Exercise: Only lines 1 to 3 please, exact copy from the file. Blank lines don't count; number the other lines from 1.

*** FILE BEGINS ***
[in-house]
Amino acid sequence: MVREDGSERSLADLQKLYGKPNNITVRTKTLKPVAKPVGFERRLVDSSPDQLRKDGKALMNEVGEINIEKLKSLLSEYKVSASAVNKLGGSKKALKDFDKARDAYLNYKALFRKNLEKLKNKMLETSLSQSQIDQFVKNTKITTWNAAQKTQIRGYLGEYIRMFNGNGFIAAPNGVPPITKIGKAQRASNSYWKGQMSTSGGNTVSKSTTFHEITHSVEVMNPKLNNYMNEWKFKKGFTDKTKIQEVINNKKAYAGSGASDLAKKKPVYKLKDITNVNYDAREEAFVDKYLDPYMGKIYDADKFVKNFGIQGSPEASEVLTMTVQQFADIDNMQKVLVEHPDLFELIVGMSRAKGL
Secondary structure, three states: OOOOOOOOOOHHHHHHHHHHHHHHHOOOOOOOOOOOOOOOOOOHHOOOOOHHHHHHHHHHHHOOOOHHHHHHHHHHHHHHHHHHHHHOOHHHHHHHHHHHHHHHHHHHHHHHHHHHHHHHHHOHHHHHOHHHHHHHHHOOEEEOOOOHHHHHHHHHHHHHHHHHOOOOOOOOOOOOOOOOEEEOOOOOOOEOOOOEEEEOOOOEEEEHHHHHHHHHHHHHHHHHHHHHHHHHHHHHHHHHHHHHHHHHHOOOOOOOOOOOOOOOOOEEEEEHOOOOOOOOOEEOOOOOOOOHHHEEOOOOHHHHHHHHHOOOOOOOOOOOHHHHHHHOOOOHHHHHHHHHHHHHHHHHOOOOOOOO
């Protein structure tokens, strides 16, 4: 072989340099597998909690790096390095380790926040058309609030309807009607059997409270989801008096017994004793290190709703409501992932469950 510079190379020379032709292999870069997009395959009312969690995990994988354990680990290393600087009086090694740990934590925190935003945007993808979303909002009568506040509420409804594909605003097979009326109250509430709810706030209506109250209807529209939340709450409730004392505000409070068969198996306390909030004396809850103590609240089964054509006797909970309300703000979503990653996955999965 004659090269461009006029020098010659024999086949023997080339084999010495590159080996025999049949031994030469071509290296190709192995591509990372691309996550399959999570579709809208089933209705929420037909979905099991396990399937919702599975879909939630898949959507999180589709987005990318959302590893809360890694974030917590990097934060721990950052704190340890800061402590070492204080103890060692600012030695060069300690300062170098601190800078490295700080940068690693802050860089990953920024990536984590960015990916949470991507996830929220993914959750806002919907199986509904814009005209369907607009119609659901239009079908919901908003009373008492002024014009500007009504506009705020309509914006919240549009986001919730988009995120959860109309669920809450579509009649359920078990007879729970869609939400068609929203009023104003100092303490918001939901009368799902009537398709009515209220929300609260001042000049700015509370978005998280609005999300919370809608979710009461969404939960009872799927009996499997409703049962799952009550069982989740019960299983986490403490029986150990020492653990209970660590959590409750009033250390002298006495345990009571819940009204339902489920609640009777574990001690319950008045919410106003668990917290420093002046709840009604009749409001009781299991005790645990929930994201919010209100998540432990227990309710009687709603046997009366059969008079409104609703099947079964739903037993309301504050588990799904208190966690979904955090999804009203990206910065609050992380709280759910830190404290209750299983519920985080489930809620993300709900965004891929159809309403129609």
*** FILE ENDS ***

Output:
[in-house]
Amino acid sequence: MVREDGSERSLADLQKLYGKPNNITVRTKTLKPVAKPVGFERRLVDSSPDQLRKDGKALMNEVGEINIEKLKSLLSEYKVSASAVNKLGGSKKALKDFDKARDAYLNYKALFRKNLEKLKNKMLETSLSQSQIDQFVKNTKITTWNAAQKTQIRGYLGEYIRMFNGNGFIAAPNGVPPITKIGKAQRASNSYWKGQMSTSGGNTVSKSTTFHEITHSVEVMNPKLNNYMNEWKFKKGFTDKTKIQEVINNKKAYAGSGASDLAKKKPVYKLKDITNVNYDAREEAFVDKYLDPYMGKIYDADKFVKNFGIQGSPEASEVLTMTVQQFADIDNMQKVLVEHPDLFELIVGMSRAKGL
Secondary structure, three states: OOOOOOOOOOHHHHHHHHHHHHHHHOOOOOOOOOOOOOOOOOOHHOOOOOHHHHHHHHHHHHOOOOHHHHHHHHHHHHHHHHHHHHHOOHHHHHHHHHHHHHHHHHHHHHHHHHHHHHHHHHOHHHHHOHHHHHHHHHOOEEEOOOOHHHHHHHHHHHHHHHHHOOOOOOOOOOOOOOOOEEEOOOOOOOEOOOOEEEEOOOOEEEEHHHHHHHHHHHHHHHHHHHHHHHHHHHHHHHHHHHHHHHHHHOOOOOOOOOOOOOOOOOEEEEEHOOOOOOOOOEEOOOOOOOOHHHEEOOOOHHHHHHHHHOOOOOOOOOOOHHHHHHHOOOOHHHHHHHHHHHHHHHHHOOOOOOOO